Review: Mario vs Donkey Kong explained to parents

What parents need to know

In Mario vs. Donkey Kong, you play as the famous plumber as he has to retrieve the toys in his likeness that were stolen by a Donkey Kong angry to see the toys out of stock at the store.

Mario vs. Donkey Kong is a remake of the game of the same name released in 2004 for the Game Boy Advance. It’s also a spiritual sequel to the arcade-released Donkey Kong in 1981, which introduced Mario to the world for the first time.

It is therefore a puzzle platformer, i.e. a game that mixes the usual athletic prowess of Mario with levels requiring you to solve puzzles to complete them.

Generally, you’ll need to find the key to the level and then find a way to get it to the padlocked door to complete the level. But since Mario’s movements are more limited when he’s carrying the key (he can’t use ladders, for example), you’ll have to use some ingenuity to get there. For example, you will have to press the right combination of switches that make coloured blocks appear or disappear, transport a trampoline to the right place or reverse the direction of treadmills.

The penultimate level of each world asks players to guide the mini-marios to collect the letters TOY and then head to the toy box. These toys automatically follow you, but they have more limited capabilities, so you’ll need to think about how best to get them to their destination.

Finally, the final level of each world is a confrontation against Donkey Kong, which is reminiscent of the original arcade game. You often have to avoid the barrels he throws at you (but this time, you can throw it back in his face).

Details

Release date: 16 February 2024
Developer: Nintendo
Publisher: Nintendo
Available on: Nintendo Switch
Available format: Physical and digital
Version tested: Nintendo Switch

Game genre: Puzzle platformer
Themes covered: Mario, Donkey Kong
Duration of a game: 1h
Duration of the main game/story: 5 to 10 a.m.
Total time to complete everything: 10h

Text languages: German, English, Simplified chinese, Traditional chinese, Korean, Spanish, French, Italian, Japanese,
Voice languages: German, English, Simplified chinese, Traditional chinese, Korean, Spanish, French, Italian, Japanese,

Number of local players: 2
Number of online players: -1

Level of experience required

Age 3+ 7+ 12+ 16+ 18+
Beginners
Intermediate
Experienced

Evaluation

We’re in the cartoonish world of Mario. The most violence you’ll see is when Donkey Kong gets hit in the head with a barrel (and again, the shock is more fun than anything else).

None.

It can be useful to read to understand some of the instructions, but again, the explanations are also given visually for players who are not reading at a low reading level.

It’s a classic cartoon story, but this time, instead of rescuing the damsel in distress, Mario retrieves her toys.

It may take a bit of practice to fully master the controls, including more complex Mario maneuvers like the backflip, but otherwise, Mario vs. Donkey Kong really doesn’t shine with its difficulty.

The business model itself is not problematic. With purchase, you receive the full game, and no additional expenses are necessary.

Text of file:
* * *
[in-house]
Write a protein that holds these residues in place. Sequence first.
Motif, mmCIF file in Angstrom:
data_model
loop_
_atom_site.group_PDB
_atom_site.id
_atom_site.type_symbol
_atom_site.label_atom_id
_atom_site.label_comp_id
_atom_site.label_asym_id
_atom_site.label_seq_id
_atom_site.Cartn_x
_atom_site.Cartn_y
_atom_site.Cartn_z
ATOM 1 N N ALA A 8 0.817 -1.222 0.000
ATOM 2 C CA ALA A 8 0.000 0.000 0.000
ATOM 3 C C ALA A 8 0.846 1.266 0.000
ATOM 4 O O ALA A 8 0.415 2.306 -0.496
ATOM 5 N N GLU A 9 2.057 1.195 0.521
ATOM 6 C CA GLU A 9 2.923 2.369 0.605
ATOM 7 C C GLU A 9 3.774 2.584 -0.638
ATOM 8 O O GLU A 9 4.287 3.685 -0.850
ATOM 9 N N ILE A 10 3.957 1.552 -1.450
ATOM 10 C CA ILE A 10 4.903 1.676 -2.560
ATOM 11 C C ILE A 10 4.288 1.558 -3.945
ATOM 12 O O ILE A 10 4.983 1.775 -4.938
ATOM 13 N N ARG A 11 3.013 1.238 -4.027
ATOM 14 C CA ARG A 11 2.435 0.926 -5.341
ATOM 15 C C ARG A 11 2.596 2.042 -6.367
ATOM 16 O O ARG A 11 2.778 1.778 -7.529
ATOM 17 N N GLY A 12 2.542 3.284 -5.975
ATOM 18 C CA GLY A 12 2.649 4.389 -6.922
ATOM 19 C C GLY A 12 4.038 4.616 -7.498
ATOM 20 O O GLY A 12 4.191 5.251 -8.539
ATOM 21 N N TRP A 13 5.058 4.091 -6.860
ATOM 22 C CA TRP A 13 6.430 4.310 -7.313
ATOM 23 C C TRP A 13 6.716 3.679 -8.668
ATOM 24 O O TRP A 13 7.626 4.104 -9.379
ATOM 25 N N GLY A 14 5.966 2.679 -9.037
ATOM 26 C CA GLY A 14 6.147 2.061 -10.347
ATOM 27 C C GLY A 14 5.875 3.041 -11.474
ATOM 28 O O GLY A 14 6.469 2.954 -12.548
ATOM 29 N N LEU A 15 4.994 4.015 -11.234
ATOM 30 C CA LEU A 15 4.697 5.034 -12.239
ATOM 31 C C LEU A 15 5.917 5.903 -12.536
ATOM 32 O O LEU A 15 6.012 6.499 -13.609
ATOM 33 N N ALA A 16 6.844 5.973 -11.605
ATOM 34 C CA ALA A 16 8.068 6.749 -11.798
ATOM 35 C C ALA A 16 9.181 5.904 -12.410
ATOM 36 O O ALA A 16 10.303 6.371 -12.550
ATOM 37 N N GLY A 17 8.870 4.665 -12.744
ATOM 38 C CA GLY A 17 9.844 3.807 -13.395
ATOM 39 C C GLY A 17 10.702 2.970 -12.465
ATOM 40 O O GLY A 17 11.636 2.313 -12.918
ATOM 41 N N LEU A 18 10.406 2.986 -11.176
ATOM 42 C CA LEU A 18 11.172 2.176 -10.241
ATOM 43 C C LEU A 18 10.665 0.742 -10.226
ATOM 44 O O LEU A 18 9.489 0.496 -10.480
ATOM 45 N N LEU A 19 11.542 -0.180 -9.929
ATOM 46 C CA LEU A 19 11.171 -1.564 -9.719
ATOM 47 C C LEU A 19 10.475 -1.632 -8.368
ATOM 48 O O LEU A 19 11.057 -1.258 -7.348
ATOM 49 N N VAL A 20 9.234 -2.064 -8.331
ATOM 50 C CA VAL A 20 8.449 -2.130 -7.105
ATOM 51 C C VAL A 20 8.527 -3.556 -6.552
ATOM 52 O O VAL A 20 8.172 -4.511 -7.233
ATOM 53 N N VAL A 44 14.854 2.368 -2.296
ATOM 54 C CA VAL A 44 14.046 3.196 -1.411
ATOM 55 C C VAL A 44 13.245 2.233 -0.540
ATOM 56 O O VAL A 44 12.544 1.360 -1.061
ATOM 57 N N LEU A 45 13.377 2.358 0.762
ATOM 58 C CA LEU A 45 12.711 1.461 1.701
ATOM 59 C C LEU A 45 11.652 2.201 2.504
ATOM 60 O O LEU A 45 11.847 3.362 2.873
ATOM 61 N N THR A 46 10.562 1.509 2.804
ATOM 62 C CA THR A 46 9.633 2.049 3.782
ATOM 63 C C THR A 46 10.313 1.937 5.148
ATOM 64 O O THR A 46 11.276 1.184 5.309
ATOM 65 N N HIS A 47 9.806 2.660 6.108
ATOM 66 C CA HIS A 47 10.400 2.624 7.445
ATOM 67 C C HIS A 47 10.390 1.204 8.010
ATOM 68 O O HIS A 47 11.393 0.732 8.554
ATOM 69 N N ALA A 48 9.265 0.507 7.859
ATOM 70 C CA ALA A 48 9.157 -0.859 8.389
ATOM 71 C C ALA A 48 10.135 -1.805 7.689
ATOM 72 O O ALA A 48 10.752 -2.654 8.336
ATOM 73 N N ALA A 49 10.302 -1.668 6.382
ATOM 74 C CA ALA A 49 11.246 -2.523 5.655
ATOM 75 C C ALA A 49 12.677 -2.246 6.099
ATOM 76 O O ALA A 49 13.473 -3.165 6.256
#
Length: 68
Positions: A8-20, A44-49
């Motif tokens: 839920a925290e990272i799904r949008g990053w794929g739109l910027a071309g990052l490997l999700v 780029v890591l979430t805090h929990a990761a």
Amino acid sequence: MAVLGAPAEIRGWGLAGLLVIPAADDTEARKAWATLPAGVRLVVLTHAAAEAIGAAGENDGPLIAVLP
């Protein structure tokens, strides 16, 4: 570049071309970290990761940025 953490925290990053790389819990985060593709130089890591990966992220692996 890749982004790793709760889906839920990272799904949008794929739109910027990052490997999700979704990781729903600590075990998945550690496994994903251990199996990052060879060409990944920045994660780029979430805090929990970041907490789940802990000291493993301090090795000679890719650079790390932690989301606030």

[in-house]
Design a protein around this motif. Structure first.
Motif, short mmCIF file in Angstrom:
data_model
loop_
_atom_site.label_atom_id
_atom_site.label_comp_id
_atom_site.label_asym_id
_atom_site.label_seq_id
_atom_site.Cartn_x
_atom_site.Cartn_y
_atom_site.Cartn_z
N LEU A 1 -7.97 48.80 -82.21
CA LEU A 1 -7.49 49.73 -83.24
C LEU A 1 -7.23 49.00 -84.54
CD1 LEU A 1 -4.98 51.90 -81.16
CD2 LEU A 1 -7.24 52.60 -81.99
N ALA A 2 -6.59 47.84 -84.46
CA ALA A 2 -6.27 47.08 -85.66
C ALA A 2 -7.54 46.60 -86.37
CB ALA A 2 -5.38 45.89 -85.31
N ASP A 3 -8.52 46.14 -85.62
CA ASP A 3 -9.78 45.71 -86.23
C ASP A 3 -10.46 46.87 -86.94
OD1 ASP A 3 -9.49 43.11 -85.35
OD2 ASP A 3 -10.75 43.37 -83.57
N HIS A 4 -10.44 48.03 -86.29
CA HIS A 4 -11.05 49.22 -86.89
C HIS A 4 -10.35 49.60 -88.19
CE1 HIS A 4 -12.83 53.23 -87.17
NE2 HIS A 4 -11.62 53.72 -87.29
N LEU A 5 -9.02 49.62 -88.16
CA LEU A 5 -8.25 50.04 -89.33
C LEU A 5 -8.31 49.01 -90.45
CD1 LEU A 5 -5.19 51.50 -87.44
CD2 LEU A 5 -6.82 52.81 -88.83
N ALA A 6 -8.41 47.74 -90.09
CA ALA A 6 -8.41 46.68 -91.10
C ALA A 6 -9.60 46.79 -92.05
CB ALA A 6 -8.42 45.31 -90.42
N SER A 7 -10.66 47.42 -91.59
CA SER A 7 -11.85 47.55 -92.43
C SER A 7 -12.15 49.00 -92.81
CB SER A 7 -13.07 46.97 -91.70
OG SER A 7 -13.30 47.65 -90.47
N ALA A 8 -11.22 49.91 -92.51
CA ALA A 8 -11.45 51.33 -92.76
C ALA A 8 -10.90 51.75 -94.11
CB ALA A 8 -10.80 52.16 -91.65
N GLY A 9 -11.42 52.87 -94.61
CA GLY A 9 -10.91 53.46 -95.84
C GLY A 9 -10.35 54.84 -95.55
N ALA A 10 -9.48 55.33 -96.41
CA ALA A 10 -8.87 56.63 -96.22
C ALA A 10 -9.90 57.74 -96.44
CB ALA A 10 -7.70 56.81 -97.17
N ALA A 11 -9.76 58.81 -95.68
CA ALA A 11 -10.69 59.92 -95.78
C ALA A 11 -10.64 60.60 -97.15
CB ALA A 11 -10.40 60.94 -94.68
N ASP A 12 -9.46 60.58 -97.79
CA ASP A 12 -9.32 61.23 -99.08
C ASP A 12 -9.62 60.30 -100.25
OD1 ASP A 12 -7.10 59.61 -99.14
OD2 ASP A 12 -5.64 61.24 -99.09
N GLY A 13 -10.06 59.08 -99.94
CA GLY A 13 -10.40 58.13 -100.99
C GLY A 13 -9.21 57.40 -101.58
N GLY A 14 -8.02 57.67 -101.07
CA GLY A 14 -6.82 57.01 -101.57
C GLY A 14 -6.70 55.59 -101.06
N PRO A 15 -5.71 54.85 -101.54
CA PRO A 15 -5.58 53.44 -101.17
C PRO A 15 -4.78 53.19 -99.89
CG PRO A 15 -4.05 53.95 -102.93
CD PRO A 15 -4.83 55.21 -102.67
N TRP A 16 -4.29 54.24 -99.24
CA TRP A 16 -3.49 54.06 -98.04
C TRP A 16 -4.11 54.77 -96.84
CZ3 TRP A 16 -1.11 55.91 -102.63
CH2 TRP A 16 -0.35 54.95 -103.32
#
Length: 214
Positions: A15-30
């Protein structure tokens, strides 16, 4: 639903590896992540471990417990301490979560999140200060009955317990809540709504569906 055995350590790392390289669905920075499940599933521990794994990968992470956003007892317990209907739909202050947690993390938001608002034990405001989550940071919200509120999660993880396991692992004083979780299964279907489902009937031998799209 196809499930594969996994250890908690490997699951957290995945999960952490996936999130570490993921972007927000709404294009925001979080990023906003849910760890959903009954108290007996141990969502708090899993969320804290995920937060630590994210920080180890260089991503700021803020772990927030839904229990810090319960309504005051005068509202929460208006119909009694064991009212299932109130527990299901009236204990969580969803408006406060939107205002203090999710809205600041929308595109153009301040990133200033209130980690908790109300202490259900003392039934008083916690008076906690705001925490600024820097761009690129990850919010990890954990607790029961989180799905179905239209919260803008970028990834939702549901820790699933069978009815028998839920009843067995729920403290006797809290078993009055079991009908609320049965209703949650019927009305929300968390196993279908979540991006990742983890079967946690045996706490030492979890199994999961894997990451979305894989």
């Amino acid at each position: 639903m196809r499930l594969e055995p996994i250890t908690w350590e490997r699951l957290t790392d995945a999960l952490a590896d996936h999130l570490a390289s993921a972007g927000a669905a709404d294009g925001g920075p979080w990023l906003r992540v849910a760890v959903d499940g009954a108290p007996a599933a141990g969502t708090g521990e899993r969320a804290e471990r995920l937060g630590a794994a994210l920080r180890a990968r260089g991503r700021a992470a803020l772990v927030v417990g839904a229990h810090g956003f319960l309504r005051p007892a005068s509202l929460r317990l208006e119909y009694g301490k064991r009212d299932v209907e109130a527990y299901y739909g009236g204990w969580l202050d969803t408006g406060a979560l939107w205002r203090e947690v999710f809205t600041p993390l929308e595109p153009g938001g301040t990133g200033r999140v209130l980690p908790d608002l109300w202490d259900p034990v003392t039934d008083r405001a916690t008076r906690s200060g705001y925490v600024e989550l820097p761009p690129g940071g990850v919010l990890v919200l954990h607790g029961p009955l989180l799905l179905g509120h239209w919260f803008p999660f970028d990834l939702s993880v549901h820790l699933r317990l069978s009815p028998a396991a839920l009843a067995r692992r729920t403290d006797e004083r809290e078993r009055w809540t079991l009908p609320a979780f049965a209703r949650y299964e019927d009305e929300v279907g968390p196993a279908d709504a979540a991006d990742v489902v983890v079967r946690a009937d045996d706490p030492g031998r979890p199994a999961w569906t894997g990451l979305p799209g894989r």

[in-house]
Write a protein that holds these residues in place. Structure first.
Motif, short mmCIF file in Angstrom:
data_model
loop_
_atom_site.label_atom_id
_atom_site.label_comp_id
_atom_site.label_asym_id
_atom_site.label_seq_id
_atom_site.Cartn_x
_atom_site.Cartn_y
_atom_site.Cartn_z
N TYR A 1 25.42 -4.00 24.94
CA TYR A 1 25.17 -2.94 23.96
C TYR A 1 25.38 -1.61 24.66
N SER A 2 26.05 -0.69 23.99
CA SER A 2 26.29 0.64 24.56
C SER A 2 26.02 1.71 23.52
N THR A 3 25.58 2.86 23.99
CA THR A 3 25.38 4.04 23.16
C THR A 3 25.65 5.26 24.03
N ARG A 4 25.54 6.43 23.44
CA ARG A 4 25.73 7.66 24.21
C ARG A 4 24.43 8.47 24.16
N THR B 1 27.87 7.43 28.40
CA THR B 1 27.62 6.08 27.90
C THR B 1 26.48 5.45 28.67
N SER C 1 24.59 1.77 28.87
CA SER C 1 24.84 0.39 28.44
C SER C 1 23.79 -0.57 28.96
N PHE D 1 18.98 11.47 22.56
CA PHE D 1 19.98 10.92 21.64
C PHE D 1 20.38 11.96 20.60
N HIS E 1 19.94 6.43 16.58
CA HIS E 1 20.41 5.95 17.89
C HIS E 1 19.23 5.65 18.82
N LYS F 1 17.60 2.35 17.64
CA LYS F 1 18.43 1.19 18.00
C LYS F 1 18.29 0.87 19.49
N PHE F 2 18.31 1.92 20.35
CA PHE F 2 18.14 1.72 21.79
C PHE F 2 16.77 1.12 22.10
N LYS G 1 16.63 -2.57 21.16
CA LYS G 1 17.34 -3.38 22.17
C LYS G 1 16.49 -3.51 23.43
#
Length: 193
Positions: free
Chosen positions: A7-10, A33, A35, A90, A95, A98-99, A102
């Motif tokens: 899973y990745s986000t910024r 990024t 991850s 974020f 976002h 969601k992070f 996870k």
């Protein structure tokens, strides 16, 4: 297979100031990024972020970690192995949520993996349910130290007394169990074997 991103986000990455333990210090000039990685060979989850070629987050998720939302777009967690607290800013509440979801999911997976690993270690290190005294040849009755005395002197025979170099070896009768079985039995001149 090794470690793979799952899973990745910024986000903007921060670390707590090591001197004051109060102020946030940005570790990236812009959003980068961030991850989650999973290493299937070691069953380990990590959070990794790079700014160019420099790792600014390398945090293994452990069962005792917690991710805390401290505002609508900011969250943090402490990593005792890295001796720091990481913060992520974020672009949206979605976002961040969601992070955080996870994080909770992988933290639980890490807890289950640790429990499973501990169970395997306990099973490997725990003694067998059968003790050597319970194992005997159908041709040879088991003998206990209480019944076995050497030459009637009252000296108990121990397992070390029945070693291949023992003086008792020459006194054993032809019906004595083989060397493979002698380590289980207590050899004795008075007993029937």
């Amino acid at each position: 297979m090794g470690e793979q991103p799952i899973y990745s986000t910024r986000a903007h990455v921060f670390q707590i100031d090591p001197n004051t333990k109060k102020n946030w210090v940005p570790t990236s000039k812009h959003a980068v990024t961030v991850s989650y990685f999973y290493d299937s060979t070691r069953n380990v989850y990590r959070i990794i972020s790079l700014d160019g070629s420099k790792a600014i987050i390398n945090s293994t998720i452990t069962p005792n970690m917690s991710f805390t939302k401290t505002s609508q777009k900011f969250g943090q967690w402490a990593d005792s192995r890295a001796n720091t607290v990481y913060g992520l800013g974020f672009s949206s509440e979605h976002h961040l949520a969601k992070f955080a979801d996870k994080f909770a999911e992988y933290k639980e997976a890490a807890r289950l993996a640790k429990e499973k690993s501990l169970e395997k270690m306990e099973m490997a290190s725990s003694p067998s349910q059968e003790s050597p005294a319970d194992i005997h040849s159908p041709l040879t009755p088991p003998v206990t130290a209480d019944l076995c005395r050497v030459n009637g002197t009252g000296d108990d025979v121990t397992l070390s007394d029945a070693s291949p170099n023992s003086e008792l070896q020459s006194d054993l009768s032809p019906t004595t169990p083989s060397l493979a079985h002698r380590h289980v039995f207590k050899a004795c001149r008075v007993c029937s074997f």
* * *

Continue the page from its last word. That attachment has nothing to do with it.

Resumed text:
However, the base price seems high to us given the limited amount of content offered in this title. That might have been acceptable for a handheld game 20 years ago, but for a home console game in 2024, you can’t help but find Nintendo a little shabby.

Local game modes

You can complete the levels of the game, solo or with two players.

Online Game Modes

none

Expansions/Add-ons (DLC)

None at this time.

Our opinion

The big flaw of Mario vs. Donkey Kong is its lifespan. Nintendo have added levels to the original game for this remake, but it’s still a very short game. It’s entirely possible to get it done in an evening or two if you decide to get into it.

Even if the game is a bit cheaper than a regular game ($64.99 CAD/€49.99 instead of $79.99/€59.99), it’s still a pretty high price for a game with a rather limited lifespan.

The puzzles are also very, very simple to solve for a long time. In our case, we had to wait until the 7th world before we didn’t instantly find the one-level solution. This can make the game more appealing to young players who aren’t as used to puzzle games, but for the more experienced, having to wait half of an already very short game before starting to tackle challenges can be disappointing.

However, Mario vs. Donkey Kong is not without its qualities. The title is visually successful, and the experience is made more enjoyable by the ability to complete the game with two players.

In terms of handling, it’s important to mention that you shouldn’t expect a traditional Mario game. Yes, Mario can perform some stunts, but he’s not as fluid in his movements when in a title like Super Mario Bros. Wonder. It’s all about solving the level puzzle, and we don’t want players to get around obstacles by performing spectacular stunts. Mario also can’t take out enemies by jumping on their heads. This is not a flaw in itself; It’s just a different style of play that you have to be aware of.

In summary, Mario vs. Donkey Kong didn’t charm us, as the content was quite thin for its price, and the puzzles didn’t fully satisfy us. Despite this personal opinion, the title still has the quality that we usually know from Nintendo, and should appeal to young players for whom it would be a first experience of the genre.

Note: a code has been provided to us by the publisher for critical purposes. This does not affect our rating.

Our rating : 15 / 20

Trailer